Western Australian Fellowships Program
This science funding program attracted internationally prominent researchers from interstate or overseas to Western Australia to build and lead world-class research teams.
The program has been replaced by the Premier’s Science Fellowship Program.
The Fellows supported under the program delivered a range of economic, environmental and social benefits for the State. They delivered significant scientific outcomes, built valuable research capacity (people and facilities) and attracted high levels of research funding.
In total, 12 Fellowships were supported under the program from October 2003 to February 2018:
- Professor Mark Jessell - 3D Modelling of Geology
- Professor Carole Jackson - Radio Astronomy
- Professor Andrew Whiteley - Soil Microbial Diversity
- Professor Shaun Collin - Sensory Systems of Vertebrates
- Professor Malcolm McCulloch - Coral Reefs
- Professor Steven Tingay - Radio Astronomy
- Professor Lister Staveley-Smith - Radio Astronomy
- Professor Peter Quinn - Radio Astronomy
- Professor Ian Small - Plant Molecular Biology
- Professor Klaus Regenaur-Lieb - Geology
- Professor John McKenzie - Microbiology
- Professor Julian Gale - Nanotechnology
Achievements of Recent Fellows
Professor Mark Jessell
Professor Jessell is a structural geophysicist whose Fellowship focused on advancing 3D modelling of Western Australia’s geology, which will help industry to discover new minerals wealth and predict environmental impacts of mining these deposits.
Highlights of his Fellowship included:
- A data analysis platform to empower mineral explorers in Western Australia to maximise geological insight from Geological Survey of Western Australia data; and
- Eight transfer of knowledge workshops for Australian and international industry, geological survey and research end-users, with six of these workshops held in Western Australia.
Professor Jessell’s Fellowship commenced in October 2013 and formally concluded in February 2018. His research is continuing within the Centre for Exploration Targeting in the School of Earth Sciences at The University of Western Australia.
For more information about Professor Jessell’s research, visit his profile page on the Centre for Exploration Targeting website.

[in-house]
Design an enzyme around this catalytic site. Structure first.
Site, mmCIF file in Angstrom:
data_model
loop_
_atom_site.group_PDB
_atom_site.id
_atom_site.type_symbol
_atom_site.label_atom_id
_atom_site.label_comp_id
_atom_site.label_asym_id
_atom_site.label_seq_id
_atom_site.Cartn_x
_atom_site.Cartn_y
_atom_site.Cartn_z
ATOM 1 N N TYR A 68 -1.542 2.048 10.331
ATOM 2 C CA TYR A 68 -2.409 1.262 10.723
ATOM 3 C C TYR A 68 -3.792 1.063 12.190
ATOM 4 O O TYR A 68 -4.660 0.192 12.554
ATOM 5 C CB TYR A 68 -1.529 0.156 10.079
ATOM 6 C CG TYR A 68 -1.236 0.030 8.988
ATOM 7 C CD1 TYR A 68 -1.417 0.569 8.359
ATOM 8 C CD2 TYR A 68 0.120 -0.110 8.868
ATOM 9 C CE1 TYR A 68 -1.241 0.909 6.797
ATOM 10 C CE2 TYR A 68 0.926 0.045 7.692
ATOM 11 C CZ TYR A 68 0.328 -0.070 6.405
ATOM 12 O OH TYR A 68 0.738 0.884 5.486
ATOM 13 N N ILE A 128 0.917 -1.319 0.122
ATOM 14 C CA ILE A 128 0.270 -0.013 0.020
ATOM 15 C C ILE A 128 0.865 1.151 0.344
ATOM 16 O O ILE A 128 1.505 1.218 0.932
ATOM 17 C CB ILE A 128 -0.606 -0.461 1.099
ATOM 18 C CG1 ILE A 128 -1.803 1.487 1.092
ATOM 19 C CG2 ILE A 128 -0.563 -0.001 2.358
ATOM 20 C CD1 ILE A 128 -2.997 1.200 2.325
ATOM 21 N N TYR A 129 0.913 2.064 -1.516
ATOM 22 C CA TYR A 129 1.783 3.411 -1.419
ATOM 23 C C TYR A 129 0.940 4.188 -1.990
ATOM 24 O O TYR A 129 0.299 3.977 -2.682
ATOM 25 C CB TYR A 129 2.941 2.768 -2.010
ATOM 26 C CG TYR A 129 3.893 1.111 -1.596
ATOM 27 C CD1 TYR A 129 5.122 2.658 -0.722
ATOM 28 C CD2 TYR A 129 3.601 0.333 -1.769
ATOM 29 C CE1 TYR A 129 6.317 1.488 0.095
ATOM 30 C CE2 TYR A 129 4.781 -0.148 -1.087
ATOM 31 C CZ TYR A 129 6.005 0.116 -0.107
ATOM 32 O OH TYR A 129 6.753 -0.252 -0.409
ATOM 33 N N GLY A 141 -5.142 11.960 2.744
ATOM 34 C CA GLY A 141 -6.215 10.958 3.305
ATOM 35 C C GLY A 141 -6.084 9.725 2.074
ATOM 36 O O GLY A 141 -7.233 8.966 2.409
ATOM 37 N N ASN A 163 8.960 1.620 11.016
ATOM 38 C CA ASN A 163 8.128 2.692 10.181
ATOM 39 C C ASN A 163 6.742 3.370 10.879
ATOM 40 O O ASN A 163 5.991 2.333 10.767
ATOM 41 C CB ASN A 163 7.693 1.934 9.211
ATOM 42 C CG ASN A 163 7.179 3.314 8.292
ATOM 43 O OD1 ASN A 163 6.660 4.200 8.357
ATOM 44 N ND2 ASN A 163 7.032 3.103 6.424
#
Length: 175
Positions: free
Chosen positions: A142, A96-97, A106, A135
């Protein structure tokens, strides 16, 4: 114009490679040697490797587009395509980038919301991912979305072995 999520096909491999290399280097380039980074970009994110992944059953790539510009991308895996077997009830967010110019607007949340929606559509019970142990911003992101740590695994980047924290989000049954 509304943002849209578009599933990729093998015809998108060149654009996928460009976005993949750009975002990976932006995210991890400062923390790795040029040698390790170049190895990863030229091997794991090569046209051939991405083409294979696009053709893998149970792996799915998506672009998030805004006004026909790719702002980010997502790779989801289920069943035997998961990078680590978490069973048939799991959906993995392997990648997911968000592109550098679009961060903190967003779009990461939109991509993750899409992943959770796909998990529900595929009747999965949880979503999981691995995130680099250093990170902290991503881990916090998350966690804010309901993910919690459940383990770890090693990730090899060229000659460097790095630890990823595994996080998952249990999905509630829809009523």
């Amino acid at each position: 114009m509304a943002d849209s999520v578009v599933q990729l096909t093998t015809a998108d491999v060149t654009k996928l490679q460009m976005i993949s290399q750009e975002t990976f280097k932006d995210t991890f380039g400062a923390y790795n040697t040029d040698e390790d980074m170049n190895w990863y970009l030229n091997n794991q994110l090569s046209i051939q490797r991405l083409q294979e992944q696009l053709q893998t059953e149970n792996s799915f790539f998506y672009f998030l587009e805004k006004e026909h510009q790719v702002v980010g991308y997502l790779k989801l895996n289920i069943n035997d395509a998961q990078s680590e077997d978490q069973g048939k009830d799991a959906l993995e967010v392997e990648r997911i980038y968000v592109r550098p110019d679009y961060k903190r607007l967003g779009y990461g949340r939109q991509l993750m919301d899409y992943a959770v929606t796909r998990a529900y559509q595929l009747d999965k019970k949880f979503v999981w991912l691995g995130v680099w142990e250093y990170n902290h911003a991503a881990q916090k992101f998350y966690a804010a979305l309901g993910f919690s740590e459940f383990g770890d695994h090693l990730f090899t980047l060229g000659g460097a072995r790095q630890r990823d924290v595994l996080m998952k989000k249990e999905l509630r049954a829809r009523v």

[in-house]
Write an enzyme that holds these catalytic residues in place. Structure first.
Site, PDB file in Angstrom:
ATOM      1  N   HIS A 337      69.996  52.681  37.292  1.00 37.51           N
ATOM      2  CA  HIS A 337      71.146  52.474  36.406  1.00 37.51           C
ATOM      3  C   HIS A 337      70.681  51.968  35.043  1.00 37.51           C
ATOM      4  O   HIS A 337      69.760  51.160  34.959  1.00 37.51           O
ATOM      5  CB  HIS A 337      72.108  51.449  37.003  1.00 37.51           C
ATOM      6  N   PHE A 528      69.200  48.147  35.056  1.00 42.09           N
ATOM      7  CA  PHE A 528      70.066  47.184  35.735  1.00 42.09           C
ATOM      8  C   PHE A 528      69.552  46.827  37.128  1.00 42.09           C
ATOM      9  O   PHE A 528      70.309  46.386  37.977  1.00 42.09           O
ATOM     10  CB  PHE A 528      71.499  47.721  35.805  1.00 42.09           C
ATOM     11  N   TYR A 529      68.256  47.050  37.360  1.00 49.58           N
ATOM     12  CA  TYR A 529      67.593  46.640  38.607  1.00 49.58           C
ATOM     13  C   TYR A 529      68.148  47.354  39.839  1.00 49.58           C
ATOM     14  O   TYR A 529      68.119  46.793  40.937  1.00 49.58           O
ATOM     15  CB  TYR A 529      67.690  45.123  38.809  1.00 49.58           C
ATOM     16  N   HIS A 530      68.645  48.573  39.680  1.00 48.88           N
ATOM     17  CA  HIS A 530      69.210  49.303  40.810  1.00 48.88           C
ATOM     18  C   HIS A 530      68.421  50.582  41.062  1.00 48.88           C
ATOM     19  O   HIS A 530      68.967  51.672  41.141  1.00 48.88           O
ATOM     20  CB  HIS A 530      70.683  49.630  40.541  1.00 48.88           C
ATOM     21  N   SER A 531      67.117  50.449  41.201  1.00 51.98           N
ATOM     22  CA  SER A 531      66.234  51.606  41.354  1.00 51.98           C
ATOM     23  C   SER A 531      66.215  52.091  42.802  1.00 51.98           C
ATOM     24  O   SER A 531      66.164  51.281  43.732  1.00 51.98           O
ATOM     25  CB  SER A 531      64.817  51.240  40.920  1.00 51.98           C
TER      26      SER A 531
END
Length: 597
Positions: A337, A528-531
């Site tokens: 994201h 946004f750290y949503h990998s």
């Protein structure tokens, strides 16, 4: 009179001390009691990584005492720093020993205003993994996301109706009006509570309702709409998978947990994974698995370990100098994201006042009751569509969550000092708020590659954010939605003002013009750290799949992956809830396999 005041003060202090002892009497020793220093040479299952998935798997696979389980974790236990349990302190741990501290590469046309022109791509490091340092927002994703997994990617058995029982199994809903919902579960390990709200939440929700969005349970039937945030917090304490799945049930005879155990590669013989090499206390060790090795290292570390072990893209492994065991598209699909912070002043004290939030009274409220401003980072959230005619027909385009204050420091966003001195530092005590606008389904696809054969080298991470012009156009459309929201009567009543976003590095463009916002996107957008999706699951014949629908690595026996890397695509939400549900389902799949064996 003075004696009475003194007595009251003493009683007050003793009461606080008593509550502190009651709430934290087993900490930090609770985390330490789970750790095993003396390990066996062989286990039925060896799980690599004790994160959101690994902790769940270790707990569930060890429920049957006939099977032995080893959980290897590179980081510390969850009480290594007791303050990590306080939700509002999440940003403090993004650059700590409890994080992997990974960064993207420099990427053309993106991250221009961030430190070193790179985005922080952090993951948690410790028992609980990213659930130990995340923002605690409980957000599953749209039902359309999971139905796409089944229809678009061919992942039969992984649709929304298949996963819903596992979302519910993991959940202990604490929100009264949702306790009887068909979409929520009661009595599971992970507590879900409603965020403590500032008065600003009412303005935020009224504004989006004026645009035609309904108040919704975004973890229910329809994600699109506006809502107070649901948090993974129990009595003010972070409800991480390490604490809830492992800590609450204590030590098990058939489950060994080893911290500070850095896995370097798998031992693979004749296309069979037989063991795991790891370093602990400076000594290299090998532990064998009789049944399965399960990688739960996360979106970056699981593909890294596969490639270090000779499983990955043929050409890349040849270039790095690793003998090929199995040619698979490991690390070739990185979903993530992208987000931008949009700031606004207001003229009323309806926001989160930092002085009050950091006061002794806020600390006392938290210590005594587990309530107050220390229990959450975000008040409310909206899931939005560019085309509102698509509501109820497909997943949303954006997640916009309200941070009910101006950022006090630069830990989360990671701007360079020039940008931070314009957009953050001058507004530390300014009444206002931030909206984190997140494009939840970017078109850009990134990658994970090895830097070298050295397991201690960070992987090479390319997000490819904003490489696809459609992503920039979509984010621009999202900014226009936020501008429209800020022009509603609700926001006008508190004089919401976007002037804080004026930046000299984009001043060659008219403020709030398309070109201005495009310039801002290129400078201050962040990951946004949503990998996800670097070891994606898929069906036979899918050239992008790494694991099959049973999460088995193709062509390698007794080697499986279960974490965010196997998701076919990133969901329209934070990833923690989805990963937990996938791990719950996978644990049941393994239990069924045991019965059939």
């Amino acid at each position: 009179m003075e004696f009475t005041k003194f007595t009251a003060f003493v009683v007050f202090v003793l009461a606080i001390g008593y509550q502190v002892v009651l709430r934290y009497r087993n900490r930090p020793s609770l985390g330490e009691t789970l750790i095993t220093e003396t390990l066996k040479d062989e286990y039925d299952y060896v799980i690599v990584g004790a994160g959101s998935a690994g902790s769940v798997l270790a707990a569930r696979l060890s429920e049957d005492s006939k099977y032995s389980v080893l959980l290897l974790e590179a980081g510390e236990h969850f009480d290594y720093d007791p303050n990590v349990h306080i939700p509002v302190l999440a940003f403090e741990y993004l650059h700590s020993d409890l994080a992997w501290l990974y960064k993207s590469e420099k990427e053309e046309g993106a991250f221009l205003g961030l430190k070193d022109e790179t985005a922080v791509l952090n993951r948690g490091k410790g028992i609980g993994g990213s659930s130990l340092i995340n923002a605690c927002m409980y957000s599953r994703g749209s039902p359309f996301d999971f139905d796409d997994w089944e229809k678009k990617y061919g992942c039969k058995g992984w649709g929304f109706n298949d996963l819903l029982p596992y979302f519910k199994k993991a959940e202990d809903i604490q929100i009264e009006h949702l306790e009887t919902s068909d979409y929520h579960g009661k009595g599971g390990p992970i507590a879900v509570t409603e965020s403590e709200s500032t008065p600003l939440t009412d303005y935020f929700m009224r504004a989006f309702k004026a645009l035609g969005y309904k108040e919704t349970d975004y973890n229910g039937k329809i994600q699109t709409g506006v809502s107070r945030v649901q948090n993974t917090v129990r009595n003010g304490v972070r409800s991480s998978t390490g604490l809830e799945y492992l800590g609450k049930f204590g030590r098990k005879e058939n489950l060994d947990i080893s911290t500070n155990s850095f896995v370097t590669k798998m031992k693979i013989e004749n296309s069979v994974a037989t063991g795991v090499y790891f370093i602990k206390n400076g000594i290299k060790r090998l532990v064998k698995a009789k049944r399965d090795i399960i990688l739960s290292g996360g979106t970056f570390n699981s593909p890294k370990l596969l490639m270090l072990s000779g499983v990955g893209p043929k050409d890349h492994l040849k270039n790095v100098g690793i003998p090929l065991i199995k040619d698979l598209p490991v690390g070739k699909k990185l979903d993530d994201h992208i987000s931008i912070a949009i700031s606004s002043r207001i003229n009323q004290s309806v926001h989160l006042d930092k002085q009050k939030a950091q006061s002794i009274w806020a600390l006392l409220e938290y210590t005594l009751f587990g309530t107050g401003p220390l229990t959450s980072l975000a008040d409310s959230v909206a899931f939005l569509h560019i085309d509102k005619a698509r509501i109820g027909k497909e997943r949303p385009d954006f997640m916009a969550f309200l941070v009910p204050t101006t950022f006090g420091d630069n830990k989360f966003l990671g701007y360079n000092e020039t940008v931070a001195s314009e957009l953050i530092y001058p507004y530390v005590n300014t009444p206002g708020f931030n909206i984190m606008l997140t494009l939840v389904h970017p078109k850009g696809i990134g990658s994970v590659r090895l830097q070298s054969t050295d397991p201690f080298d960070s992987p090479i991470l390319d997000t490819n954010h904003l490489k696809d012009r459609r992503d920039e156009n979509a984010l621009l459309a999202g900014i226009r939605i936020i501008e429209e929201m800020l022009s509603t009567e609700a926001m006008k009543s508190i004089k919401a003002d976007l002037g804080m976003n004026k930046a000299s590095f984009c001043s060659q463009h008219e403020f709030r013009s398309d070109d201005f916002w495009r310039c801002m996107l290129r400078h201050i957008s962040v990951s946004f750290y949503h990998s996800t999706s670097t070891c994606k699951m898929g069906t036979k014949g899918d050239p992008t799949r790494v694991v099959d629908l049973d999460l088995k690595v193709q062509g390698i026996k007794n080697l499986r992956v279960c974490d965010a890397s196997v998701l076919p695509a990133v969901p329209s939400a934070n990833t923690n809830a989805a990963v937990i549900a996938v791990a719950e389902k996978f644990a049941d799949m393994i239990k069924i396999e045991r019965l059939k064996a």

Professor Carole Jackson
Professor Jackson is an astronomer whose Fellowship aimed to generate research output from the Murchison Widefield Array (MWA), a Square Kilometre Array (SKA) precursor project.
Highlights of her Fellowship included:
- Utilising the MWA to lead research into the nature and evolution of the most massive extragalactic objects (e.g. radio galaxies and quasars); and
- Assisting the design of the SKA.
- Professor Jackson’s Fellowship commenced in August 2013 and formally concluded in October 2017.
She is currently the General and Scientific Director of the Netherlands Institute for Radio Astronomy. She continues to collaborate with the Curtin Institute of Radio Astronomy (CIRA), where MWA research is ongoing.
For more information about CIRA’s research, visit the CIRA page on the Curtin University website.
Professor Andrew Whiteley
Professor Whiteley is a microbial ecologist and soil scientist whose Fellowship investigated new approaches for environmental rehabilitation, underpinned by developing and utilising a detailed database and understanding of soil microbial diversity in Western Australia.
Highlights of his Fellowship included:
- A baseline map (based on microbial DNA) of the diversity and distribution of microbes in soils across all of Western Australia’s major habitats, which is being used to manage and promote healthy microbial communities relevant to rehabilitation of mine sites, agriculture and conservation; and
- MicroBlitz, the world’s first soil sampling citizen science project, which used members of the public of all ages to collect soil samples, and made a crucial contribution to the Western Australian soil microbial map.
Professor Whiteley’s Fellowship commenced in November 2012 and formally concluded in June 2017. His research and citizen science work is continuing through the School of Agriculture and Environment at The University of Western Australia.
For more information about Professor Whiteley’s research, visit the UWA MicroBlitz page.